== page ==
Participating councils of the state network made benchmarks available from 39 community events hosted by councils, that were evaluated by Culture Counts. Benchmarks give context to organisers so that they can understand the unique impact their work delivers and the outcomes that distinguish them from other offerings.

The below chart shows the average dimension results for this evaluation, compared to the interquartile range of average results from other council events. Results that sit within the range are considered to be a ‘benchmark’ result because they represent the typical outcomes achieved in other evaluations. Any result that sits above this range is considered to be exceptional.

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Benchmark survey count (s) = 39; Response count (n) = 24,344. Count per dimension: 16 < s < 28; 3,322 < n < 6,382. Surveys with less than 30 responses removed prior to analysis.

Insights

Nine out of ten comparable dimensions fell within the North Rock Council's benchmark range for those dimensions, indicating that the outcomes related to 'Local Impact', 'Safe' and 'Insight' are in line with past events in the council.

The result for 'Celebration' fell below the North Rock Council's benchmark, while still receiving a positive result overall. This indicates potential room for improvement in this area, compared to the other dimensions.

Unsplash — Photo: Dylan Gilis

Attendee Behaviour

Marketing Segments

Last year, North Rock Council sought to develop a new segmentation approach to understanding typical visitor types and behaviour. A question set was developed to ask respondents about their positive and negative perceptions about visiting the North Rock area.

The following charts detail the positive and negative influences that affected respondents decision to visit the North Rock area typically from the selection of options provided.

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Insights

60% of respondents claimed that the event was an important factor in their decision to visit the North Rock Council area. 28% said it made no impact on their decision to visit the area.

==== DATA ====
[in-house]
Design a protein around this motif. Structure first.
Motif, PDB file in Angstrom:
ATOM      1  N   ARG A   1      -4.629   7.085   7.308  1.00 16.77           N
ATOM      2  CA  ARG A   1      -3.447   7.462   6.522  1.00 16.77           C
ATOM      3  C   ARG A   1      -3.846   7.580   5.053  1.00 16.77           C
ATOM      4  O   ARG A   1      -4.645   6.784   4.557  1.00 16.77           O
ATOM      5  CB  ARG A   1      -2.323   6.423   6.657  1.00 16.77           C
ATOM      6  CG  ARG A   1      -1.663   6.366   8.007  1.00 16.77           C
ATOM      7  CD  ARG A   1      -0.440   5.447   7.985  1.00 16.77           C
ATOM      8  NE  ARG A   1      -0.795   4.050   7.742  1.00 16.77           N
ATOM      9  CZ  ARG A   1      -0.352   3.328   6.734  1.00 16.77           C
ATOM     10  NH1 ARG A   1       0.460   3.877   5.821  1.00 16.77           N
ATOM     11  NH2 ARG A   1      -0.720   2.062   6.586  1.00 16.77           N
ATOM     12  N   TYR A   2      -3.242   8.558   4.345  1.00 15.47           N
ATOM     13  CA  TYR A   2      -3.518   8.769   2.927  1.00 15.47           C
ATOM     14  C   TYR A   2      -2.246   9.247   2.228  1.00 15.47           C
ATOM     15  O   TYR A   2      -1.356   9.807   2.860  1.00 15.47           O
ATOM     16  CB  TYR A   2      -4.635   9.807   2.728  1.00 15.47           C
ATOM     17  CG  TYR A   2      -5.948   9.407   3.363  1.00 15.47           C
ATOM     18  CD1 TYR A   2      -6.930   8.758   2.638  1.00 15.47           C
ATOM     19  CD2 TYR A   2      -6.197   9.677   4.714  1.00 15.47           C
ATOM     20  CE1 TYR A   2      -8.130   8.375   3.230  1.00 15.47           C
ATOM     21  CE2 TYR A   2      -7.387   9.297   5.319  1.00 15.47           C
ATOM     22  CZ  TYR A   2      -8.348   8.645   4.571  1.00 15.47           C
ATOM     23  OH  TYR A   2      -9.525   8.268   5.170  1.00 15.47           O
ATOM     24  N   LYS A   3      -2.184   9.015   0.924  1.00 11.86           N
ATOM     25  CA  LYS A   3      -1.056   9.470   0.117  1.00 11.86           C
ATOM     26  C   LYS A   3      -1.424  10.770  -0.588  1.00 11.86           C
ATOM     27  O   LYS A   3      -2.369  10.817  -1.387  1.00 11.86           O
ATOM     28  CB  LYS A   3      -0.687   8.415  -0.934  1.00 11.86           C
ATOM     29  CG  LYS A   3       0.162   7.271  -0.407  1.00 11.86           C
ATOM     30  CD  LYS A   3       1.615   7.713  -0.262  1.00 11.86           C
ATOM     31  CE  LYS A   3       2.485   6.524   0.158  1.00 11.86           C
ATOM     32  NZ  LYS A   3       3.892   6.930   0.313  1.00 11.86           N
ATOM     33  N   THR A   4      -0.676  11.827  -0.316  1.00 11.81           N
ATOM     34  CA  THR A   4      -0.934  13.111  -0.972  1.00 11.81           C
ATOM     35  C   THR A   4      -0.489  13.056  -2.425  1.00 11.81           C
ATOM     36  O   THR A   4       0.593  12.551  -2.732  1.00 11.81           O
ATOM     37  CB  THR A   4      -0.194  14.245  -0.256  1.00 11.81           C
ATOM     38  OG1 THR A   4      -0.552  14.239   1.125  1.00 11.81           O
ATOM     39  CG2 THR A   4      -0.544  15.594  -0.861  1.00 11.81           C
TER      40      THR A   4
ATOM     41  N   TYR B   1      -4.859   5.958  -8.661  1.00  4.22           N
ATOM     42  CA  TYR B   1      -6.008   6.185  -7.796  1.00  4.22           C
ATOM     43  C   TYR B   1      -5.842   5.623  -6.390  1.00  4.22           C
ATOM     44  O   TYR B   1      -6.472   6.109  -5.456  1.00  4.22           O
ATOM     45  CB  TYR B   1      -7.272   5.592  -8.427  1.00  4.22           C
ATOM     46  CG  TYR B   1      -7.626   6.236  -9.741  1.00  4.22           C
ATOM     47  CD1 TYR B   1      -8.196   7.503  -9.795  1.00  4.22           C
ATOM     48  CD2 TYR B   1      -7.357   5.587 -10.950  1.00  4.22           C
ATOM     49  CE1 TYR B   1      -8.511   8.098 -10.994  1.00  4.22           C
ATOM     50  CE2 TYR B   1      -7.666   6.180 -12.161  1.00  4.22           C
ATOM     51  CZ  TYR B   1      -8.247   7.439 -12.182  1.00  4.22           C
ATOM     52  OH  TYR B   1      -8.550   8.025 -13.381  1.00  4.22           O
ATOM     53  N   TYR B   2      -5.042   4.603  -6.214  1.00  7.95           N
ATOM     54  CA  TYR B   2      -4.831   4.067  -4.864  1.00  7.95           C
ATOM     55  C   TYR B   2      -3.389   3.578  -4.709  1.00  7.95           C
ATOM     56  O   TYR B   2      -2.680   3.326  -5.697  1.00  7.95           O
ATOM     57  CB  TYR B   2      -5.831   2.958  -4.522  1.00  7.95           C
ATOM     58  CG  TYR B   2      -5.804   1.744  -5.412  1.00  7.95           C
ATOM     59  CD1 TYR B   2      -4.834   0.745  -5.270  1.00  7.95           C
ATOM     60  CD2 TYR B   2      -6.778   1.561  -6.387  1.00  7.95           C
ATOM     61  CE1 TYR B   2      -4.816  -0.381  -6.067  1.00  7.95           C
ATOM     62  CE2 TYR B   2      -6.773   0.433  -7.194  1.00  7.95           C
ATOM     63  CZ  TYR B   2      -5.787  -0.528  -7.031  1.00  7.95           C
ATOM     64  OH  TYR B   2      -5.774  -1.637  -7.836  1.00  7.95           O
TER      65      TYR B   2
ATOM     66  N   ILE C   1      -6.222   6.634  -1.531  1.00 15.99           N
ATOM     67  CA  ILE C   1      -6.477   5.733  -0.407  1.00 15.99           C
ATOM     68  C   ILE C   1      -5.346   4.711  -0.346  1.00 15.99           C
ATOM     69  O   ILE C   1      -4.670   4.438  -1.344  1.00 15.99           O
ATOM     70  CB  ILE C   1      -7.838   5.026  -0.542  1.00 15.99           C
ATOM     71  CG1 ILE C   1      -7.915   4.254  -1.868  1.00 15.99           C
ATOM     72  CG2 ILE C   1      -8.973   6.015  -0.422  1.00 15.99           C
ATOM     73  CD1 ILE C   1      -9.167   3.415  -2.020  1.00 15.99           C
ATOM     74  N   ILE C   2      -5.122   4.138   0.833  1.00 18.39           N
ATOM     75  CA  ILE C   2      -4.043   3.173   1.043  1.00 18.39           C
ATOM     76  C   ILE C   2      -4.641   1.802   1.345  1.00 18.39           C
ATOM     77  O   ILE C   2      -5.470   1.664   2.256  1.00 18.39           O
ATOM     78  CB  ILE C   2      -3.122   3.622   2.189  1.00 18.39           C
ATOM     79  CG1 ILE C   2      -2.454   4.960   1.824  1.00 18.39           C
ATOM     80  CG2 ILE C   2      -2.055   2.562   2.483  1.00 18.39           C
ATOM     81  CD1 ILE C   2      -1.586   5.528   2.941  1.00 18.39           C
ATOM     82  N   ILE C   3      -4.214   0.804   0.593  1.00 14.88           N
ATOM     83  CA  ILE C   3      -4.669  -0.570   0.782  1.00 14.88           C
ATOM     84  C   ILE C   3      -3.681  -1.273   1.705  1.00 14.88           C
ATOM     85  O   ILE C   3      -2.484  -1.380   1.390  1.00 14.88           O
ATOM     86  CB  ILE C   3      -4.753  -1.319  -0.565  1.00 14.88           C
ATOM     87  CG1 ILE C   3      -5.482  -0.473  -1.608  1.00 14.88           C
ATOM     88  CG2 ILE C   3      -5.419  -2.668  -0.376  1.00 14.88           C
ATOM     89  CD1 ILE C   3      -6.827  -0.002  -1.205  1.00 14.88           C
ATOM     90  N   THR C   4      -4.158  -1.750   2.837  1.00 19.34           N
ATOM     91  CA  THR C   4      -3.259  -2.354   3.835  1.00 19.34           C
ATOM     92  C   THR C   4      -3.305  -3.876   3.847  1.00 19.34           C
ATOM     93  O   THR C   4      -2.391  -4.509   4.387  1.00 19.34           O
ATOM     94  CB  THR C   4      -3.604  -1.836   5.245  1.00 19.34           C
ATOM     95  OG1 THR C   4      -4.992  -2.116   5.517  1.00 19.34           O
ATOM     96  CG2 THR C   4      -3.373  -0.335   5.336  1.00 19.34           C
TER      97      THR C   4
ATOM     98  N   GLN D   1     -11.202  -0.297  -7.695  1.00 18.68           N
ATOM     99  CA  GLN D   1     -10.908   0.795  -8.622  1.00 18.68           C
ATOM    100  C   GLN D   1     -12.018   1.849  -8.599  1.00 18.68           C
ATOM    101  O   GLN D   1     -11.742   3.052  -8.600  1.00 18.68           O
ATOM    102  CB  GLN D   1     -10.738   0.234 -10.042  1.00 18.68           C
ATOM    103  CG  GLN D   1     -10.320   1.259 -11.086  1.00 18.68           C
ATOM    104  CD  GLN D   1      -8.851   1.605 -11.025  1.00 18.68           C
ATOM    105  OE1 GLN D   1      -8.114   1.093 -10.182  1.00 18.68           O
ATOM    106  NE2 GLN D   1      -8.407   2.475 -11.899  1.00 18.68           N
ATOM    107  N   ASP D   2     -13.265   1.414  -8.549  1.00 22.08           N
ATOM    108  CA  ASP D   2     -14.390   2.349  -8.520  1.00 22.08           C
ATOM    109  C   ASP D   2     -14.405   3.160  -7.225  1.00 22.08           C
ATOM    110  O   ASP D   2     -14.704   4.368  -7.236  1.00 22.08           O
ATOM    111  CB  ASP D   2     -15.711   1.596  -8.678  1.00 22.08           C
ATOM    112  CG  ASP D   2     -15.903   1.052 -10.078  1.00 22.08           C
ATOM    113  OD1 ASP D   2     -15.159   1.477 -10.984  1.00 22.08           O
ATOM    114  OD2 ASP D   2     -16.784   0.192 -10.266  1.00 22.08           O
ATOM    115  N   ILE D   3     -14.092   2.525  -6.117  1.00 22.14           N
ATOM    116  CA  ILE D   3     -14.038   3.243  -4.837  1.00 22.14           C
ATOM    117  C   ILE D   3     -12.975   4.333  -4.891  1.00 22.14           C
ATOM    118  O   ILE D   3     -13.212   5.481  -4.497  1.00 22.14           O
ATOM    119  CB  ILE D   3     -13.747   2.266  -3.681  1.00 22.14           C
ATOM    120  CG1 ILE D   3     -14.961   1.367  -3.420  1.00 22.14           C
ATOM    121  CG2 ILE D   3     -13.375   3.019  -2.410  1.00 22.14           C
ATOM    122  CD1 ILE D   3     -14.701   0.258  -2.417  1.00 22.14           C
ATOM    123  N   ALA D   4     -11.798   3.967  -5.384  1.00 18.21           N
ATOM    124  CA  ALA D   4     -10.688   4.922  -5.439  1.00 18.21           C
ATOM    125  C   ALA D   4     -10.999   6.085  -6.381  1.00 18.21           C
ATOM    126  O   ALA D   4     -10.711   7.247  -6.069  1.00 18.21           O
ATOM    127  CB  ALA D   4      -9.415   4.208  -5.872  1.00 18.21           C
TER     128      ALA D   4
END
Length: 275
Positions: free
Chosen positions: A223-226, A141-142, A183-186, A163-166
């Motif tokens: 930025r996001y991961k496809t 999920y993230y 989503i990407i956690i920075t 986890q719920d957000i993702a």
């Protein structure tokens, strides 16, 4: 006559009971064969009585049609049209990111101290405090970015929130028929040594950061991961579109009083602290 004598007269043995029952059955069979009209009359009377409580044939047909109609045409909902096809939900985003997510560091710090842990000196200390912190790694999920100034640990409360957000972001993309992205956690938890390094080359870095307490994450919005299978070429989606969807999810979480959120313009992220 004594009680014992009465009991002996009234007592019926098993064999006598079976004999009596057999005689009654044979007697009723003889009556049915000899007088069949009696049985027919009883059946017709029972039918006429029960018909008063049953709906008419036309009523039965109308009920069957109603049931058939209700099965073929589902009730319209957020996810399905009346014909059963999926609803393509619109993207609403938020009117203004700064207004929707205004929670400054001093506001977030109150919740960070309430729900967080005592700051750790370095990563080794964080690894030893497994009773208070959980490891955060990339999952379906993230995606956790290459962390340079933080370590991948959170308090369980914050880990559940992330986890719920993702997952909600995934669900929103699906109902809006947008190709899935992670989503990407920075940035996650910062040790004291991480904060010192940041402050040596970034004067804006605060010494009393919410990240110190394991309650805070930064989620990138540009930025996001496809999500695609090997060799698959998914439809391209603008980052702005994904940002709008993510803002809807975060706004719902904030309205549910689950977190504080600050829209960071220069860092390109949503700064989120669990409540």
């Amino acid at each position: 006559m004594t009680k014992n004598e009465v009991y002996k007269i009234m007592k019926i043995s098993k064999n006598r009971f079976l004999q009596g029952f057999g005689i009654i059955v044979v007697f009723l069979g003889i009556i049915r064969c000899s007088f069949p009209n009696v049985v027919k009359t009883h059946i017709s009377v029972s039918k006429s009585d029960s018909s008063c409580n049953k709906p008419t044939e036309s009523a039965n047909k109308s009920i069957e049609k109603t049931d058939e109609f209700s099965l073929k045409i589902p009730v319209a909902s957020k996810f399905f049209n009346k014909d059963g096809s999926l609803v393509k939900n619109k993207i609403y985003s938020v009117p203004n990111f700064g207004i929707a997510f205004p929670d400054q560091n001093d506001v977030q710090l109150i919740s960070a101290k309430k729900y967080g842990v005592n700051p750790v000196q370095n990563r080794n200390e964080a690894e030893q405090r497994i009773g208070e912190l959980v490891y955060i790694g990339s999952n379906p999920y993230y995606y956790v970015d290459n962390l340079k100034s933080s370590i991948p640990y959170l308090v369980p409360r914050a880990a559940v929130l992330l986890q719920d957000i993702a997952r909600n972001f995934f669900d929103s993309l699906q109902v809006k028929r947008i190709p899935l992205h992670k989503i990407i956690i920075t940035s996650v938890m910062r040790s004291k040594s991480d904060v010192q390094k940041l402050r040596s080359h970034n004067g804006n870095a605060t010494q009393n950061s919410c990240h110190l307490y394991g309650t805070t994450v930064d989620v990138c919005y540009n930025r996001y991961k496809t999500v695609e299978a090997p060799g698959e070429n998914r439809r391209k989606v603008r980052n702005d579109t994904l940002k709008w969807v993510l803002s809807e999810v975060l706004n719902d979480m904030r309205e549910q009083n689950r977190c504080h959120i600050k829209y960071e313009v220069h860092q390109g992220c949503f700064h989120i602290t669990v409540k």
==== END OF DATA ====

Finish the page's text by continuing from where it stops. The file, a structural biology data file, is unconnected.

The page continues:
'Community Newspaper' (20%) was the most popular way to hear about council events and news amongst survey respondents followed by 'Radio' (18%). 'TV' was chosen the least which indicates that it isn't a common channel respondents use to hear about council events or news.

Unsplash — Photo: Marie Michele

Comments and Feedback

Sentiment Analysis

Respondents were asked to leave any additional feedback about their experience at North Rock Council events. This feedback has been classified into positive, neutral, or negative categories, with the percentage of feedback sentiment types presented in the following chart.

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General Feedback

Feedback helps organisations understand where the value of visitor experiences lies and how they can be improved and strengthened in the future. A selection of comments have been highlighted underneath.

  • We really love the effort the council puts into community activities

  • The concert series is an amazing way to get the family out of the house each weekend. Keep bringing it back!

  • It’s such a great excuse to not cook when the night markets are on

  • we really love coming to the city to see the lights and hope they continue. thank you

  • Yeah, it’s not bad

  • I didn’t know it was on, just heard the music and came to check It out

  • Need more year round events